Fired Minneapolis police officer Derek Chauvin will appeal his conviction on charges in the murder of George Floyd, according to a court filing.
The Associated Press reports:
Chauvin said he intends to appeal on 14 grounds. Among them, he claims Judge Peter Cahill abused his discretion when he denied Chauvin’s request to move the trial out of Hennepin County due to pretrial publicity. He also claimed the judge abused his discretion when he denied a request to sequester the jury for the duration of the trial, and when he denied requests to postpone the trial or grant a new one. Chauvin was convicted earlier this year on state charges of second-degree unintentional murder, third-degree murder and second-degree manslaughter in Floyd’s 2020 death. He was sentenced to 22 1/2 years – a sentence higher than the presumptive 12 ½ years after the judge agreed with prosecutors that there were aggravating factors in Floyd’s death.
Footage filmed by a bystander showed Chauvin kneeling on Floyd’s neck for roughly 10 minutes as a handcuffed-Floyd told officers that he could not breathe.
Chauvin stated that he presently does not have a lawyer assisting him with the the appeals process, nor does he possess an income outside of his prison wages. The former officer also said he has no assets aide from a pair of retirement accounts.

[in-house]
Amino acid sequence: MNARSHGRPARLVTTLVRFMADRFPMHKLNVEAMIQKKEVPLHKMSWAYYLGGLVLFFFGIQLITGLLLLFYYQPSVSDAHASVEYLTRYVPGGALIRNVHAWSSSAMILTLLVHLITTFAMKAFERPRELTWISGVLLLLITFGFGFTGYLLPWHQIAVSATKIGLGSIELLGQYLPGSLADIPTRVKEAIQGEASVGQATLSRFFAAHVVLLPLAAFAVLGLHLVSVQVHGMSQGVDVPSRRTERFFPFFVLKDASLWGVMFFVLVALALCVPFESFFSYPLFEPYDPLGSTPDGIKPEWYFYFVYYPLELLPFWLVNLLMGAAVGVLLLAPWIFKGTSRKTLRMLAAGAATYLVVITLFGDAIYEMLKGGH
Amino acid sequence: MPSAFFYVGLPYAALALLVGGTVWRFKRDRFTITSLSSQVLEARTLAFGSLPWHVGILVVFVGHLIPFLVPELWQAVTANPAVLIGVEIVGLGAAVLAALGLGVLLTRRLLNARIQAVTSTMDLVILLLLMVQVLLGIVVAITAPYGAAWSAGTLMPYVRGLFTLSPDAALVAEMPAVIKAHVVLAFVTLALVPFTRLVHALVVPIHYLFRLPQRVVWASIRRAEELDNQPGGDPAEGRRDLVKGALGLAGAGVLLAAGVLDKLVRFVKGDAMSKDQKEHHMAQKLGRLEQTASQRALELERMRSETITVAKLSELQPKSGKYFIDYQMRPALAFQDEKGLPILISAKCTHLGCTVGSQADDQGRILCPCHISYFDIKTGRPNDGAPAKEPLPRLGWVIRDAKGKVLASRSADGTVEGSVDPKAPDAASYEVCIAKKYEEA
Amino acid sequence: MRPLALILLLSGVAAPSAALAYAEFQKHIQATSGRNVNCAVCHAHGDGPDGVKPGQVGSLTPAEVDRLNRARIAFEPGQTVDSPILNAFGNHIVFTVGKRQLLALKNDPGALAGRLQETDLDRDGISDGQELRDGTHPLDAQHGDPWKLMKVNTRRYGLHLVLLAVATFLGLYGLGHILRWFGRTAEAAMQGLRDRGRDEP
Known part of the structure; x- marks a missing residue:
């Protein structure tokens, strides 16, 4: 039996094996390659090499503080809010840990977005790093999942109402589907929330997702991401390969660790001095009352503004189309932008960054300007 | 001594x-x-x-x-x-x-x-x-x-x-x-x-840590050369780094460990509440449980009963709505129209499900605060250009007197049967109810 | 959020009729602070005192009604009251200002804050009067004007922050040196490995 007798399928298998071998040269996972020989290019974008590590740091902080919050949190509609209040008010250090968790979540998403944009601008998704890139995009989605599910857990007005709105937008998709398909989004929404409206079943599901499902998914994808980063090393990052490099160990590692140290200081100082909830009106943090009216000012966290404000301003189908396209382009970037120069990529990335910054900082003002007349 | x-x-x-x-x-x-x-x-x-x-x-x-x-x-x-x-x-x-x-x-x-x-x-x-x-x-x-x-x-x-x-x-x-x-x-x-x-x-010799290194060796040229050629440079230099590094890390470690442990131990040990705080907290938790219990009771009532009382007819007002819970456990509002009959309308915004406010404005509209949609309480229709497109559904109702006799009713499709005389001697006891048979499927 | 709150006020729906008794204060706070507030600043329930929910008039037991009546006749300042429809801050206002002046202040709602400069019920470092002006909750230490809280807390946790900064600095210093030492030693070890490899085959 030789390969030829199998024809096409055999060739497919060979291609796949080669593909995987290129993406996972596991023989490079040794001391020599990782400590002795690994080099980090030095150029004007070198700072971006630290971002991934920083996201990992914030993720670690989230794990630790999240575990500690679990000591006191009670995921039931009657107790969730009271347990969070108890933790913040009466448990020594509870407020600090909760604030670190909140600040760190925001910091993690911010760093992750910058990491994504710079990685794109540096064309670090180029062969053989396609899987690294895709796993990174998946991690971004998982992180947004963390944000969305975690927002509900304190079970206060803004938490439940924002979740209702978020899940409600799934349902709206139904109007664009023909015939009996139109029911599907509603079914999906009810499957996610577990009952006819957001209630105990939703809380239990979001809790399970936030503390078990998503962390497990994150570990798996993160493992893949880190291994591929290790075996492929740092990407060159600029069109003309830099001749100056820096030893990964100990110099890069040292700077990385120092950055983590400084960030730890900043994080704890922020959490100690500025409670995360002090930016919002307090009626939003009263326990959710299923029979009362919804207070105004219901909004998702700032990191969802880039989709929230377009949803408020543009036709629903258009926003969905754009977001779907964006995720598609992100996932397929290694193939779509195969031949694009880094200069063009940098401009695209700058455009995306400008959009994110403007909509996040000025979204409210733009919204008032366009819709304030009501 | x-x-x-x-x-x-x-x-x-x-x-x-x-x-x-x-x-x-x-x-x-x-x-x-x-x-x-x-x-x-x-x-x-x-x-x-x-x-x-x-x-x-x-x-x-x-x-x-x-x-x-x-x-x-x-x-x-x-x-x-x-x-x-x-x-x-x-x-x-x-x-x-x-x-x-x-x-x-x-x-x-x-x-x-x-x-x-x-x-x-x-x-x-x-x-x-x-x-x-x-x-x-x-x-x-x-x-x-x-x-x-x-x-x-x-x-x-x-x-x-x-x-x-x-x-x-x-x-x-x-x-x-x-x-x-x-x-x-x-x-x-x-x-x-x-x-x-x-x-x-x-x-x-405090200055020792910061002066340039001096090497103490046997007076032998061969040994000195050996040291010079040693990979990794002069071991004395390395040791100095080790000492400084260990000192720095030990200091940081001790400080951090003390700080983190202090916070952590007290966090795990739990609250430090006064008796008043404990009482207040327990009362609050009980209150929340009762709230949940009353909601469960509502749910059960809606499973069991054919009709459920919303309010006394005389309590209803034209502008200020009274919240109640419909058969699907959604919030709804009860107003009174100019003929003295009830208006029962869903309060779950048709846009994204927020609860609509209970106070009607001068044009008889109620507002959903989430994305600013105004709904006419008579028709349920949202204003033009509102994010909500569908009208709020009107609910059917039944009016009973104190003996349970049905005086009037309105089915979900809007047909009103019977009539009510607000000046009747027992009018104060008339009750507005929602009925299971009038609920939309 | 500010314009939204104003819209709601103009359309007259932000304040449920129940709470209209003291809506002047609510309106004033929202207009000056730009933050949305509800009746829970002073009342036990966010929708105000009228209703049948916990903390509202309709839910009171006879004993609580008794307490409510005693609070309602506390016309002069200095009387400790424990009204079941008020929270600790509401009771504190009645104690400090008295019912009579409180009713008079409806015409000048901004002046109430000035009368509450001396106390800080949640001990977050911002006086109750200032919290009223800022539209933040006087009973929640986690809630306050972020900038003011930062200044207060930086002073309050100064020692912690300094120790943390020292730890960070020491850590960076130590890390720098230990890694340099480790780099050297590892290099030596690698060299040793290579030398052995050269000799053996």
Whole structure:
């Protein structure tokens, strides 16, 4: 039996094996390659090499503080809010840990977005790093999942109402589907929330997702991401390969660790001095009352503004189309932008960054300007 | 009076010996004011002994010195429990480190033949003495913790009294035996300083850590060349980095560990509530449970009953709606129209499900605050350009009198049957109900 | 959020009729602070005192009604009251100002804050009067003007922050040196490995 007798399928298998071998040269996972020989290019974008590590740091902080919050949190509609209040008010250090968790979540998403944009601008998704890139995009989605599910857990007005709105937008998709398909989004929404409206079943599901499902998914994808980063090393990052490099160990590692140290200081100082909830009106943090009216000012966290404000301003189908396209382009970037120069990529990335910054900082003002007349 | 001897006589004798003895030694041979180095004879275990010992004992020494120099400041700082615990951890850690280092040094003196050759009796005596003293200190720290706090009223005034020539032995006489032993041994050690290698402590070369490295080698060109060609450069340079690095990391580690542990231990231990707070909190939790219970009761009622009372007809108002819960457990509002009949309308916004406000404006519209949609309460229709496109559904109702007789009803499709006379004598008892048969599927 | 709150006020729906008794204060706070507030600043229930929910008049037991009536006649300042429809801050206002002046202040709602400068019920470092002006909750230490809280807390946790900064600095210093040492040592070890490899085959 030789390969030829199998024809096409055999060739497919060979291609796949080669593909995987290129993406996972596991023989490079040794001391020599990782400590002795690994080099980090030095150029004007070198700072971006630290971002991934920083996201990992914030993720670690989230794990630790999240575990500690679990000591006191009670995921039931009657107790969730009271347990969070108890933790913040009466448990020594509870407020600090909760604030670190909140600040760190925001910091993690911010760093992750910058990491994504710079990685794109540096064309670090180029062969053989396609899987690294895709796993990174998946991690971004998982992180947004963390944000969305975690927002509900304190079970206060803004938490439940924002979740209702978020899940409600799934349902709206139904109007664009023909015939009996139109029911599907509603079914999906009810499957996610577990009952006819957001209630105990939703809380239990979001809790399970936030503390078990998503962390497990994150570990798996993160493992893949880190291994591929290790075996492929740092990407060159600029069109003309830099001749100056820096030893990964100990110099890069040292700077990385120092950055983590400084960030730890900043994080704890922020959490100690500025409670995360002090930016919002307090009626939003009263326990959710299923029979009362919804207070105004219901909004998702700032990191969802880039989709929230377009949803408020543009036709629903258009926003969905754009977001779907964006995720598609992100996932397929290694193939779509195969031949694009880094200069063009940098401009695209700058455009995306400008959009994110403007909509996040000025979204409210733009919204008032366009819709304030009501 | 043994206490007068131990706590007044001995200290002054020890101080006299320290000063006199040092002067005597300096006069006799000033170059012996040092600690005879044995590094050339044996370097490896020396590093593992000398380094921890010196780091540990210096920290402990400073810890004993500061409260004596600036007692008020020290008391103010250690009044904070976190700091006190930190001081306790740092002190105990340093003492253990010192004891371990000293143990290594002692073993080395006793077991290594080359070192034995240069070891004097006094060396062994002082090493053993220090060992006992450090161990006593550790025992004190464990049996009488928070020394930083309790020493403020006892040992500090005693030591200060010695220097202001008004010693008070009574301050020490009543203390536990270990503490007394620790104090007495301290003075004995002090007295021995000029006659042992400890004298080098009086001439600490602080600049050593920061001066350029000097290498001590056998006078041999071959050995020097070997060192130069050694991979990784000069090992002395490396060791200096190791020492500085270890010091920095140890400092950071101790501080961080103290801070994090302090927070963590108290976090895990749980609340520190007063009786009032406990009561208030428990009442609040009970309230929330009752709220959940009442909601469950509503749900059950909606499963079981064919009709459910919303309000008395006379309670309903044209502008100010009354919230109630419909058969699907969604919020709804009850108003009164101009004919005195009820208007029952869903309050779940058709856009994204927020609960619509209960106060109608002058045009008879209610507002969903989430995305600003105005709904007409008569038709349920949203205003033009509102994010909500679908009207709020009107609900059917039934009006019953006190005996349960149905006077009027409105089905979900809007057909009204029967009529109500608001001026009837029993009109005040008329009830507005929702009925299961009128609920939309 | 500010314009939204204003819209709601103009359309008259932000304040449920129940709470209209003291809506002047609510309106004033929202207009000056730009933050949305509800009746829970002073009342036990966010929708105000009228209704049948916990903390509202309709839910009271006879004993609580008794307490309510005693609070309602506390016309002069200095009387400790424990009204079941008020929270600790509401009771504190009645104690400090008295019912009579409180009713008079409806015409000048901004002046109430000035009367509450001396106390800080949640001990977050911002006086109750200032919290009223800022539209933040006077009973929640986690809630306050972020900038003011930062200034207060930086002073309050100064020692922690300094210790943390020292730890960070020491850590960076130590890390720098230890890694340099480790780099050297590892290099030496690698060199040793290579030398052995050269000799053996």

The Minnesota Police and Peace Officers Association’s legal defense funded his defense in the Floyd case, but will not be involved in the appeals process. “I have been informed that their obligation to pay for my representation terminated upon my conviction and sentencing,” Chauvin wrote, according to the affidavit.
The state attorney general’s office has not issued a statement regarding the matter.
The development comes after the Minnesota Supreme Court ruled Minneapolis voters can decide on dismantling the city’s police department in its upcoming elections.
“The decision of the district court filed on September 14, 2021, granting the petition of respondents’ Don Samuels et al., to correct the ballot, requiring local election officials to provide notice instructing voters not to vote on the ballot question, and enjoining local election officials from tallying, counting or in any way considering votes cast on the ballot question, is reversed,” the decision concluded.